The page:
WHERE   F.FILE_NAME = T.FILE_NAME
GROUP BY F.FILE_DATE


recursive calls 1
db block gets 0
consistent gets 3459
physical reads 0
redo size 0
bytes sent via SQL*Net to client 279
bytes received via SQL*Net from client 230
SQL*Net roundtrips to/from client 2
sorts (memory) 1
sorts (disk) 0

vs.

SELECT  F.FILE_DATE, SUM(AMOUNT) 
FROM    FILES_WITH_SURROGATE F, 
        TRANSACTIONS_WITH_SURROGATE T
WHERE   F.FILE_ID = T.FILE_ID
GROUP BY F.FILE_DATE


db block gets 0
consistent gets 949
physical reads 0
redo size 0
bytes sent via SQL*Net to client 279
bytes received via SQL*Net from client 256
SQL*Net roundtrips to/from client 2
sorts (memory) 1
sorts (disk) 0


Either of the values "bytes per filename" or "transactions per file" can be increased to further the degradation on points 1-3 of using the natural key.

Having said that, I dislike the idea of complicating a data model for performance, and consider it a "last resort". Is there an alternative? Given the declaration of the foreign key relationship, it seems that behind the scenes, Oracle could implement the natural data model by
1) maintaining ROWID pointers from transactions to files; and
2) use behind-the-scenes joins to resolve the transactions.file_name value when it is called for.

Put another way, when I run the natural key DDL for TRANSACTSIONS above, Oracle could build this behind-the-scenes objects:
CREATE (hidden) TABLE RAW_TRANSACTIONS
(FILE_ROWID ROWID, ACCOUNT, AMOUNT,
CONSTRAINT P1 PRIMARY KEY (FILE_ROWID, ACCOUNT),
CONSTRAINT C1 FOREIGN KEY (FILE_ROWID) 
    REFERENCES FILES.ROWID)
/
CREATE (view-treated-as-visible-table) TABLE TRANSACTIONS
AS SELECT FILE_NAME, ACCOUNT, AMOUNT
FROM RAW_TRANSACTIONS, FILES
WHERE RAW_TRANSACTIONS.FILE_ROWID = FILES.ROWID
/


Then, the CBO would need the ability to rewrite this query:
SELECT  F.FILE_DATE, SUM(AMOUNT) 
FROM    FILES F, 
        TRANSACTIONS T
WHERE   F.FILE_NAME = T.FILE_NAME
GROUP BY F.FILE_DATE


as this:

SELECT  F.FILE_DATE, SUM(AMOUNT) 
FROM    FILES F, 
        RAW_TRANSACTIONS T
WHERE   F.ROWID = T.FILE_ROWID
GROUP BY F.FILE_DATE


(reminiscient of the fancy-footwork done with COMPRESS tables)

I'm aware that using ROWID / memory pointer data at the logical level is intrinsically unstable, and I'd not dream of declaring a transactions table with a FILE_ROWID column. However, as long as Oracle was doing the bookkeeping on the physical pointers, could this work? More pointedly, is there any chance Oracle does or might offer such a feature?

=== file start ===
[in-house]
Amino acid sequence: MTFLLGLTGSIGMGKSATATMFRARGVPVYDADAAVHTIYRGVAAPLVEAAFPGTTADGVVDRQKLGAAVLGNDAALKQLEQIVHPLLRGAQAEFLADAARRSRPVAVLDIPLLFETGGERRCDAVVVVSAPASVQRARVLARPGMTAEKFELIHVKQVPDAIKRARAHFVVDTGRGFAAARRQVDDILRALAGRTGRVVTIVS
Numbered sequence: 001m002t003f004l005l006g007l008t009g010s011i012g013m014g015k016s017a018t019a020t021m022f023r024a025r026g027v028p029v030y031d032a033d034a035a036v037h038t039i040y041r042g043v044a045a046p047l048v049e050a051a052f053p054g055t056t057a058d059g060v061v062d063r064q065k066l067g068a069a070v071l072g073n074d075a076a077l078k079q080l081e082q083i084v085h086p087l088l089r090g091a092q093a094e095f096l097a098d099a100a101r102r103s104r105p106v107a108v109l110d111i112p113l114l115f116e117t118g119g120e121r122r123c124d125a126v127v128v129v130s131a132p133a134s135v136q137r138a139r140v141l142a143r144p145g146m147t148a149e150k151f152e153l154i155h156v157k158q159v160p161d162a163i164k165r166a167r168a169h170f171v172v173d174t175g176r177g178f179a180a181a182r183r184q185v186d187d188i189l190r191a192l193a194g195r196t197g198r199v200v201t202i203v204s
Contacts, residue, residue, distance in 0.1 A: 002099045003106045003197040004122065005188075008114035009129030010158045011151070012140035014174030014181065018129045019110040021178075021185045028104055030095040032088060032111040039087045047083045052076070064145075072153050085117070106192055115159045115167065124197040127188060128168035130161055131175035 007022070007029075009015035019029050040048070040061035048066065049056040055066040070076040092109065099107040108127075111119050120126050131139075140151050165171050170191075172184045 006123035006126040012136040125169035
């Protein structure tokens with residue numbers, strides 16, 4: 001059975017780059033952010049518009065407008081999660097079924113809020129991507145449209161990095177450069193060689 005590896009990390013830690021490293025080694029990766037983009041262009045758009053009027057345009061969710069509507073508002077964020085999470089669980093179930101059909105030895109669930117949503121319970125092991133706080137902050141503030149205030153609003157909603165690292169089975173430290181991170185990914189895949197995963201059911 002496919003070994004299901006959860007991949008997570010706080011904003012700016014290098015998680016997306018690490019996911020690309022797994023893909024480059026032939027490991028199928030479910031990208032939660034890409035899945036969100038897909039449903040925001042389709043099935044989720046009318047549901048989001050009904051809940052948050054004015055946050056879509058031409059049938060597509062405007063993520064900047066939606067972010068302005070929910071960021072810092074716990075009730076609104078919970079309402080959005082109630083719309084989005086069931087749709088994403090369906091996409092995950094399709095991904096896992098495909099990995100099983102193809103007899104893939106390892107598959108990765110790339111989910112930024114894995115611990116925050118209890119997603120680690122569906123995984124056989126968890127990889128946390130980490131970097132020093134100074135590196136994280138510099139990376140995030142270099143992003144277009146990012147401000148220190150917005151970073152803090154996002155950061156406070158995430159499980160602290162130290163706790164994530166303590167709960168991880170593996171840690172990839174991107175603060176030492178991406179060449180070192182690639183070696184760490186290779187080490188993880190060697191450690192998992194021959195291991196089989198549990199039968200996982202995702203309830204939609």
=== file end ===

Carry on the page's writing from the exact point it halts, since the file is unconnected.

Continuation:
-Kevin
Tom Kyte

Followup  

April 21, 2009 - 3:48 pm UTC

In most cases, you would not be getting the entire set (think "emp and dept") so the consistent gets do not put me off so much (nor does the storage really).


How about this, what if in transactions you always needed to see the file_name.

when you take the natural key out, you HAVE to walk the surrogate back to the other table in order to get it (and many times you want it, so many times you end up joining by the surrogate in order to GET the natural key)

so, for every pro, there is a con, for every con there is a pro.

Funny thing life is, while I was reading this - I received an email (no joking, this really happened) and the subject was:

"use of surrogate keys"

Another (serious) downside to surrogate keys (in addition to being FORCED to walk back to the source table to pick up the natural key!) noted in that email to me (part of an ongoing discussion) was:


o Contention and I/O management

Massive insert rates usually require the primary key index to be maintained as part of the workings of the database. Using a sequence or encoded timestamp results in a right growing index and often becomes the single point of contention on a system.


definitely, that happens frequently. People start introducing things like reverse key indexes, hash partitioning - in efforts to reduce that.



And as stated in other articles (on asktom) and here, there is a tradeoff to be made. If you have a natural key that is truly 100 bytes on average (I would personally call that the edge case, the extreme case) then we might have something to discuss.